I haven’t posted much lately. My mind is occupied with worry for my mother-in-law and sister-in-law, both of whom remain in an Amarillo hospital battling COVID. Both are now on ventilators.

On Tuesday I began my journey from Tallahassee, Florida, to Amarillo, Texas. I’m hoping to be a help and not a hindrance to the sister-in-law and niece who have been bearing the brunt of the responsibility these past few weeks.

Last night I stayed with my son and two of my grand dogs and this morning I’ll have a fairly short (four hour) drive to Amarillo.

The son and dogs were bright spots on my trip.

Jason and Milo
Ryder

Ryder slept with me part of the night. He snores a lot less than Studly Doright.

Peace, people. Oh, and wear your masks and get vaccinated and boosted as soon as you can.

Cautiously Optimistic

I haven’t had it in me to write a blog post these past few days, but I’m going to give it a go. On Christmas Day, my mother-in-law, Saint Helen, was taken to an Amarillo hospital where she tested positive for COVID. Her eldest daughter and son-in-law also tested positive.

Due to the overwhelming number of COVID patients there were no rooms, so the three stayed in the emergency room. When a room on the COVID floor did open up it was given to my sister-in-law who had developed the crystals that indicate COVID pneumonia in both lungs.

Saint Helen did well enough that she was released to her middle daughter after a couple of days. Unfortunately COVID wasn’t ready to let her go and she was readmitted a few days ago. Currently, she is in the Intensive Care Unit. She had two really rough days, but maybe turned a corner last night. Middle daughter says they are cautiously optimistic.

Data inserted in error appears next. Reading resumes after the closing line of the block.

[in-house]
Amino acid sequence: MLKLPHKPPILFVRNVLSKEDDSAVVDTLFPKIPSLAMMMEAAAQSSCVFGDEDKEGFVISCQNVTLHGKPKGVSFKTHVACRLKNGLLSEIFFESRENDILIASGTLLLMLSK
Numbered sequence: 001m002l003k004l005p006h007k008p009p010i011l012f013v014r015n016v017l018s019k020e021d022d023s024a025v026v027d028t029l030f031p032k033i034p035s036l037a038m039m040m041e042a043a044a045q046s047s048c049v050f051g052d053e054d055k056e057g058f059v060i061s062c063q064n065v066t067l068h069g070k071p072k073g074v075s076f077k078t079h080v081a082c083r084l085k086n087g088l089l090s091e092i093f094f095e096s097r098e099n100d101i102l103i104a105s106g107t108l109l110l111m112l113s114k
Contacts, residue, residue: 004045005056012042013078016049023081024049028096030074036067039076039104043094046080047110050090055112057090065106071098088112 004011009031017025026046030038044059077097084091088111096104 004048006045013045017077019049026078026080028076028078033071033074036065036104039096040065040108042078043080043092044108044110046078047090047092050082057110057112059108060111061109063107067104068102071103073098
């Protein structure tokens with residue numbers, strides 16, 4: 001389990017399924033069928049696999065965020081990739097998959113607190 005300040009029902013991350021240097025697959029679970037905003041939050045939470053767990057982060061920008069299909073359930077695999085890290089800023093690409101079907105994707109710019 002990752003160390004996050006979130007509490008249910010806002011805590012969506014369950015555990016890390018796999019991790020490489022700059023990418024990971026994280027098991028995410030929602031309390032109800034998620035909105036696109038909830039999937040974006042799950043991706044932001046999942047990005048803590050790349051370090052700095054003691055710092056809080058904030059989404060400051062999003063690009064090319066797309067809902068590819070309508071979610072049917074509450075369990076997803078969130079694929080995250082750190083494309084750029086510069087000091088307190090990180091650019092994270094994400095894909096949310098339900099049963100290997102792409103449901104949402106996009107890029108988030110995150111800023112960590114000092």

My sister-in-law, “Almost Saint Lyn,” is one of my favorite people in the entire world. She remains in the ICU (I believe, I forgot to ask this morning) and also has had some really tough days, and likely still more to come, but we are hopeful she has turned a corner. I’ve texted with her a time or two and she feels good enough to be bored.

Her husband was able to go home yesterday, and according to Almost Saint Lyn’s daughter, who is taking care of him, he’s cranky, so that’s a good sign.

Now, Saint Helen’s middle daughter, Angie, has shouldered most of the responsibility for keeping the rest of us informed. Angie has been the constant solid contact since Christmas, caring for the sick, suiting up and going onto the COVID floor for the once daily 30 minute visits with her mom and the others. She’s had help from Almost Saint Lyn’s daughter and also from Saint Helen’s youngest daughter, but Angie is the one who has born the brunt of the crisis.

Please keep our loved ones in your prayers or send good vibes or whatever you can spare. I know we aren’t the only ones in this situation. The number of new infections is staggering.

So I’m officially granting Angie sainthood. She has earned it. It doesn’t pay well, but we are so grateful to her. Studly Doright and I have felt so helpless being in Florida, so far away from family, but Saint Angie has been our rock.

I joke to keep from crying, you know. Still, Saint Angie has a nice ring to it.

Peace, people.

This photo of Saint Helen and me was taken at Christmas several years ago. We were in Nashville getting ready to attend a performance of the Grand Ole Opry. She’s the best.

Still Wearing My Mask

I’m fully vaccinated, but I live in Florida where only 49.8% of the population can say the same. Good old Florida, where the number of those infected with Covid continues to rise and hospitals are again running out of resources with which to treat them. I personally know a man who was sent home on oxygen because the local hospital was out of beds for Covid patients. He’s not doing well.

The Delta variant is resulting in breakthrough infections among the vaccinated. And while if I were to be infected I’d likely have a milder case of Covid than an unvaccinated person, I’m not willing to risk it.